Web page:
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'I’m hungry for meaty roles'

tv Updated: Jan 16, 2010 17:24 IST
Rachana Dubey
Rachana Dubey
Hindustan Times
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Mnaish GoyalIt’s been long since you did a show. Isn’t out of sight, out of mind too?

I agree it is but there’s no reason to take up unexciting work. It’s risky for an actor to keep a low profile. Bhabhi was my last soap in 2007. After that, I did two reality shows, Zara Nachke Dikha and Nach Baliye. I didn’t take on anything for a year-and-a-half after that.



So what was your source of income during this period, considering your wife, Poonam, has also been out of action for a while?

Live shows. After two dance shows, I still feel I’m a rookie. I’m just an average dancer. But somehow, with the grace of god, I sailed through.



Was money one of the deciding factors when you took up Mahayatra?

It was, but it wasn’t one of the major factors. I have to keep my kitchen fires burning. Besides the money, the idea that Star Plus came up with was the draw. Accepting this show meant taking another leap in my career. I became an actor, then a dancer and now I’m making my debut as a host.



Does this mean that actors don’t want to bargain when it comes to their fees?

That was the impression most producers had. But the problem is that we were, and are, willing to slash our fees, but only if the role is great. Otherwise, what’s the point? Every actor misses his work if he doesn’t get enough of it on hand. So I am hungry for meaty roles.



Coming back to Mahayatra, a dozen children will compete to take their parents for the chaar dhaam yatra, something most parents expect from their children. What do you think children expect from their parents?

As a father, I think all children want time with their parents. They hate it even if one of them isn’t around. Watching your child grow is a discovery of sorts. After shooting for Mahayatra, I returned home after almost two months. My son told me that he had missed me a lot. He didn’t like the fact that I couldn’t attend one of his classes with him. He’s only five but the questions he asks leaves me speechless at times. I think children want their parents to be good listeners. I decided I wouldn’t step out for a month and just be with my kids.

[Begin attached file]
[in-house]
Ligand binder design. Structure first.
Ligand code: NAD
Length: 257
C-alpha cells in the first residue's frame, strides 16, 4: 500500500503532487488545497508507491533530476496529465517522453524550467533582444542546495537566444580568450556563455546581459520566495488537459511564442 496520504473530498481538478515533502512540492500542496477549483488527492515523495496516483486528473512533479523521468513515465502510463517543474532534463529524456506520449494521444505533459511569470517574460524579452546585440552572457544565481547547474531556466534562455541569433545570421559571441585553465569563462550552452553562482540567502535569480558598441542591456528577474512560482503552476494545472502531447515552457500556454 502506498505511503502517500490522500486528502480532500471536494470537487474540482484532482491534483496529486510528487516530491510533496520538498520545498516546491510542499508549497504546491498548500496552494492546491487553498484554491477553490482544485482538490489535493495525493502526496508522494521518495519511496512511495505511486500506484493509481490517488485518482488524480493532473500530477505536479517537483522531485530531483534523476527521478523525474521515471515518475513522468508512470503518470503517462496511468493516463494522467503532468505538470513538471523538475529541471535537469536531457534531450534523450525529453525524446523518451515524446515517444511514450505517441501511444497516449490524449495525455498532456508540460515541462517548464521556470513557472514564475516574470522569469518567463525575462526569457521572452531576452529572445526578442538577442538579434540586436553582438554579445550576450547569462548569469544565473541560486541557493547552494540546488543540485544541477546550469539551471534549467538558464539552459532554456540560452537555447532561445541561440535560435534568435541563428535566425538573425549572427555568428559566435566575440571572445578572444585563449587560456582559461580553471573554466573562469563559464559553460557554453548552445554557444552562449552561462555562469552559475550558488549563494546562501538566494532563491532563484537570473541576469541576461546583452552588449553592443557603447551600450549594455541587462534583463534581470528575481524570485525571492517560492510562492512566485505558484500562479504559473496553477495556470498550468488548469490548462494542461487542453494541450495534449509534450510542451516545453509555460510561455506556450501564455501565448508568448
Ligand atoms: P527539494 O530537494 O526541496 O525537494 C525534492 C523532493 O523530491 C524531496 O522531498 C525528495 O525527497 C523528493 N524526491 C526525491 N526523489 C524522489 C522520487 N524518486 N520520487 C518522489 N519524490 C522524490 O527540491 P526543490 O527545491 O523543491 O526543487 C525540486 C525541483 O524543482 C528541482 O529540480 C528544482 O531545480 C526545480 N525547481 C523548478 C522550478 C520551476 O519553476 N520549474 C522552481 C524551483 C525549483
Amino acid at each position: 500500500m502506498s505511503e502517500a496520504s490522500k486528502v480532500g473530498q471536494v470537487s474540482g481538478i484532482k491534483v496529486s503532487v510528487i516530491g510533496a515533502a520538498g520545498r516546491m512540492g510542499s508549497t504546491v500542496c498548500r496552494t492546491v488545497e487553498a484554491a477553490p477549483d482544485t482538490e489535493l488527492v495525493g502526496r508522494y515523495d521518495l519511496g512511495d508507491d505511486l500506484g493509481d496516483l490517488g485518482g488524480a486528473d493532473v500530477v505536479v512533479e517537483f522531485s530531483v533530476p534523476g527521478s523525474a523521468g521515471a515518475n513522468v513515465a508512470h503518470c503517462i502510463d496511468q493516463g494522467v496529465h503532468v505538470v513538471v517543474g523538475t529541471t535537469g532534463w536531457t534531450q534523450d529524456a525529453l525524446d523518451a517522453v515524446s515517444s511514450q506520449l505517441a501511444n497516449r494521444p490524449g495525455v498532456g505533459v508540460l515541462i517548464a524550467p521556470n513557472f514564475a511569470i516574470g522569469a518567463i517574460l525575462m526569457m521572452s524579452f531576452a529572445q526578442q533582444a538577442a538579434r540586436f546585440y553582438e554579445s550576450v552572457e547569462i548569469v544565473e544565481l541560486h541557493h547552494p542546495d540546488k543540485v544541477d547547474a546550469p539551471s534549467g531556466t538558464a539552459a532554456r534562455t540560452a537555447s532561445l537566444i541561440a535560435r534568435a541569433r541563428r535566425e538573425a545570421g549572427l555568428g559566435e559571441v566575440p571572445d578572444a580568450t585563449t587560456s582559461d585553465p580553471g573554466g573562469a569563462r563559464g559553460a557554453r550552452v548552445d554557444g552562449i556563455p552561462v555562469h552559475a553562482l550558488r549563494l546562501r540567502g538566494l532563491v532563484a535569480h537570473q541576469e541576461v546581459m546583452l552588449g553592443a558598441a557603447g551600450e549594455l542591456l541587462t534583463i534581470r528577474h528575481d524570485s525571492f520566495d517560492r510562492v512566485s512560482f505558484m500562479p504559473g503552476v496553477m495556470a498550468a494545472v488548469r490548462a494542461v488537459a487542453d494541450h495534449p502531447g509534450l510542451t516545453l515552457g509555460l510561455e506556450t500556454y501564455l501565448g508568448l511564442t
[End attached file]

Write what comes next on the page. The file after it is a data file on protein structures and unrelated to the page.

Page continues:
Kids?

Yes, I have a nine-month-old daughter.



Is that the reason your wife has quit work?

Poonam has taken a sabbatical. In her 16-year career, she has made her mark as a good actress. She still gets a couple of offers every month. After our first baby, she cut down on her work. After the second one, she preferred to look after them full-time. When she wants to make a comeback, she just needs to spread the word, and she’ll be flooded with offers.



Weren’t the two of you offered Jodi No 1 on Sony?

Yes. That was a month ago but we turned it down. Poonam and I are private people and don’t want to expose our children to the media at such a tender age.

It’s commonly believed that out-of-work actors take on reality shows.
Many of us — Hiten Tejwani, Hussain Kuwajerwala, Yash Tonk and me, have never done more than two daily soaps. After that, the newbies took over. They were willing to work for as less as Rs 400 a day. When I started out, I was paid Rs 500 a day. After I became successful, I raised my fee accordingly. Ditto the others. Producers couldn’t afford actors like us. That’s when reality shows came as a blessing in disguise.